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How to Choose a Hammock
When choosing a hammock, consider the following factors:
Size: The main difference here is single vs. double; most people choose a double for comfort, not necessarily because they plan to hang with a friend.
End use: For backpacking, weight is the key consideration; for camping and hangout time, durability matters most.
Accessories: You need a suspension system (straps) to set it up; other popular options include an underquilt for cold temps, a tarp for rain and a net for bugs.
Hammock tents and sleep systems: Hammock tents usually include a hammock and all the accessories needed for sleeping overnight. You can also build your own system, starting with a hammock, and then adding accessories later to create your own backcountry or camping shelter.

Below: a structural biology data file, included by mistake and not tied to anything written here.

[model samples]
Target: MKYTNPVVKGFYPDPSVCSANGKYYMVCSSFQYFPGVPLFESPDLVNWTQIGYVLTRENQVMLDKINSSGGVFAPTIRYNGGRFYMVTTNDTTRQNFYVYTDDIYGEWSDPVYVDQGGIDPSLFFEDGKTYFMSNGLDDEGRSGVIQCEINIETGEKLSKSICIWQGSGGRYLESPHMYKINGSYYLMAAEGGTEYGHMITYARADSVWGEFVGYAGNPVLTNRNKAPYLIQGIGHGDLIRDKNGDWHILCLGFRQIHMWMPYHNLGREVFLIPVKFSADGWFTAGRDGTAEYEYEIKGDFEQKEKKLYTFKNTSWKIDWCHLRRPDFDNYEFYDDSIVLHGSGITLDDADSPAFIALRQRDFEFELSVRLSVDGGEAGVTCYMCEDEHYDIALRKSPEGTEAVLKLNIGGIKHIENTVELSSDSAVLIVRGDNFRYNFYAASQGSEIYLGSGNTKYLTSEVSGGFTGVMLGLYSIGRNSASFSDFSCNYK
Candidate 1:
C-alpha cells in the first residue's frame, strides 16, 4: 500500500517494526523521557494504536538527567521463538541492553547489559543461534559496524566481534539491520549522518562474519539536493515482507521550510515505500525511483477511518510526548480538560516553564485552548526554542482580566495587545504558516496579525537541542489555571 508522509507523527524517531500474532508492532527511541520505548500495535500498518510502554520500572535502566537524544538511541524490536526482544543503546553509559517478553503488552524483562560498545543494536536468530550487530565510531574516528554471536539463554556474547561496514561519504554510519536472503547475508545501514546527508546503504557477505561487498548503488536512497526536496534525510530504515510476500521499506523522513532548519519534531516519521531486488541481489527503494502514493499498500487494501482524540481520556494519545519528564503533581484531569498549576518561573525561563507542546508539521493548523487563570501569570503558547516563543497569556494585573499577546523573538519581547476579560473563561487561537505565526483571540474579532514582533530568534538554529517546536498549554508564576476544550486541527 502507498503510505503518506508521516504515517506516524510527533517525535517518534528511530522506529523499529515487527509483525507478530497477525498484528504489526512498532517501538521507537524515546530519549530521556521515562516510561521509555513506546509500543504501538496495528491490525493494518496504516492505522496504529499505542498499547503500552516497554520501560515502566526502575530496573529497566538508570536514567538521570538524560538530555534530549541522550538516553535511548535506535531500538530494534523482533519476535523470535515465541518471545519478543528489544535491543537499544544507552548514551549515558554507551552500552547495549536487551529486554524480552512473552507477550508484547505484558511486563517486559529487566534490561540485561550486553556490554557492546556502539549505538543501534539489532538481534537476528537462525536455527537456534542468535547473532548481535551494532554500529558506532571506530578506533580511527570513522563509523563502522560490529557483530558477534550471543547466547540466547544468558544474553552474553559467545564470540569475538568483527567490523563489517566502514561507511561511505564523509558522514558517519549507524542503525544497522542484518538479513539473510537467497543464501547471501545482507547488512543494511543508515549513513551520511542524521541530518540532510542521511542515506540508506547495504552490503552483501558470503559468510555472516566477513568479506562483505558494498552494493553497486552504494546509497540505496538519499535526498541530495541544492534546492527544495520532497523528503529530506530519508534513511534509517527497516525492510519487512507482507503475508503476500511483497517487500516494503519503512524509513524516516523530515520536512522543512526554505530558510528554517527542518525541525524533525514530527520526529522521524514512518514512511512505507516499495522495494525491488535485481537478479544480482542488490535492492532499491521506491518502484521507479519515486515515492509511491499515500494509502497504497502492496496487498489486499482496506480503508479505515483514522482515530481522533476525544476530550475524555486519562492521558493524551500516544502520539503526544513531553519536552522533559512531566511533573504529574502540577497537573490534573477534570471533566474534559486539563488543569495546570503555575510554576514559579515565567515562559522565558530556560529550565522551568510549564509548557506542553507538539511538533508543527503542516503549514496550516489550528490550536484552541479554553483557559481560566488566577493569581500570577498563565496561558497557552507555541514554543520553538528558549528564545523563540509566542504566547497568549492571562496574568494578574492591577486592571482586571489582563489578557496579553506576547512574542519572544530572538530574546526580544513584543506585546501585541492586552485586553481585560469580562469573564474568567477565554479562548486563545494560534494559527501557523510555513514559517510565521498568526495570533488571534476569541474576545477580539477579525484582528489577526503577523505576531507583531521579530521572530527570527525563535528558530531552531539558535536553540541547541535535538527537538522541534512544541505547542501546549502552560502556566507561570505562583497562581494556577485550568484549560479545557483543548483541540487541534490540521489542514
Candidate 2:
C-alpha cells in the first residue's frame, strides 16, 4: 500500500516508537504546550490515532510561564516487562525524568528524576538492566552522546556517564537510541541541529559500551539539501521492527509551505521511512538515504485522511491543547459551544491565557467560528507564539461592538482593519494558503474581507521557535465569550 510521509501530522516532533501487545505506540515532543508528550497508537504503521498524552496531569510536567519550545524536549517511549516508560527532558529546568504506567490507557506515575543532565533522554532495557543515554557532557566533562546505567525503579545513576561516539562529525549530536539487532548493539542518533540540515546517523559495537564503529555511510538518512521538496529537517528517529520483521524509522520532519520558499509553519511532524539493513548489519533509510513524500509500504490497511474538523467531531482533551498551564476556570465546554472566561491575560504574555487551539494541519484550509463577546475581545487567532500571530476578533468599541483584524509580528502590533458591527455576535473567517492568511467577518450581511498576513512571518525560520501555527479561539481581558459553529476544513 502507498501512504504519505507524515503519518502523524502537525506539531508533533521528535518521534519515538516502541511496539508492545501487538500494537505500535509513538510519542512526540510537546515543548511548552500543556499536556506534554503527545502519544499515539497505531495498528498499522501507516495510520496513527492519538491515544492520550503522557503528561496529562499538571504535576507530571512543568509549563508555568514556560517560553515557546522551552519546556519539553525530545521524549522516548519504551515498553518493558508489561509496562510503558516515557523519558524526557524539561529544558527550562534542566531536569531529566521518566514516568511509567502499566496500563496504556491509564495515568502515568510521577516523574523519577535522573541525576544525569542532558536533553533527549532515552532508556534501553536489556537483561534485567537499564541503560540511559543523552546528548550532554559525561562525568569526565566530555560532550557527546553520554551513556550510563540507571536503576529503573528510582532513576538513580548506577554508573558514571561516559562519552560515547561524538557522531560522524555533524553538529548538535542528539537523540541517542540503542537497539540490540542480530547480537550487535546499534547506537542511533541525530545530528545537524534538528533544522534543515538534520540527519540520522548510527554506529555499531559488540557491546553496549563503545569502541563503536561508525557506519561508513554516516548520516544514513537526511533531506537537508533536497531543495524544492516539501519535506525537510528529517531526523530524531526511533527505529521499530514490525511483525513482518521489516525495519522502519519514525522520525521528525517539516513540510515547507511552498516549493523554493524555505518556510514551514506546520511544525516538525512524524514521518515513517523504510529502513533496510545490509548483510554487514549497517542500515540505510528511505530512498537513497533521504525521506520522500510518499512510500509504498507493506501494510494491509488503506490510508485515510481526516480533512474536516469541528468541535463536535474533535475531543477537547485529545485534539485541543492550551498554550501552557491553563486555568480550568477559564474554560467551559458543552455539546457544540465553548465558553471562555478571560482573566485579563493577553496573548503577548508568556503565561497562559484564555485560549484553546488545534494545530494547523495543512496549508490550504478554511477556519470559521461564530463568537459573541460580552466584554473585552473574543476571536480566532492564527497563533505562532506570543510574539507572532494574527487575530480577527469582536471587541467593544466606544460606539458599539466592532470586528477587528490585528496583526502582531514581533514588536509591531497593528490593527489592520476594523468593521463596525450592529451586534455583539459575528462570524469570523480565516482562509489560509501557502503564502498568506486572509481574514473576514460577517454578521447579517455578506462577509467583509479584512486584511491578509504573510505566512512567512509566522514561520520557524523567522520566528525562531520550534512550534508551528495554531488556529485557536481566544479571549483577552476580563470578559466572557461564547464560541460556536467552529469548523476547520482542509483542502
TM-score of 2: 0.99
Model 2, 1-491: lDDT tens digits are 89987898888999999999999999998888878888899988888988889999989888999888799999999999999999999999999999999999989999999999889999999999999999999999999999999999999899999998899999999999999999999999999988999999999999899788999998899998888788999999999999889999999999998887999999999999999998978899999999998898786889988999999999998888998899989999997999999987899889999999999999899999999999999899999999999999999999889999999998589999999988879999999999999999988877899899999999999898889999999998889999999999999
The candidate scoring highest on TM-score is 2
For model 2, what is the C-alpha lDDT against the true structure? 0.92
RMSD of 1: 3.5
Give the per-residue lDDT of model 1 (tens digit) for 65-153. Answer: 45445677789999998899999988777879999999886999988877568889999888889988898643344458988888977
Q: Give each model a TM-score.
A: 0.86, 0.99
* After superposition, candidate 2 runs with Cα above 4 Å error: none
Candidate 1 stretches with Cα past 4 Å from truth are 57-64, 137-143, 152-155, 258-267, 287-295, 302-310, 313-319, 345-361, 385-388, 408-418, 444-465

Hammock Sizes and Specs
One of the key decision factors when buying a hammock is whether you want a single or a double.
Here are tips for choosing between single and double hammocks:
Single hammocks: Most singles have a width in the 4- to 5-foot range. Getting a single-wide saves weight (a plus for backpackers) over a double, with the tradeoff being that the single offers a less spacious lounging or sleeping experience. Singles’ weight limits range from 300 to 400 pounds, with ultralight capacities closer to 250 pounds.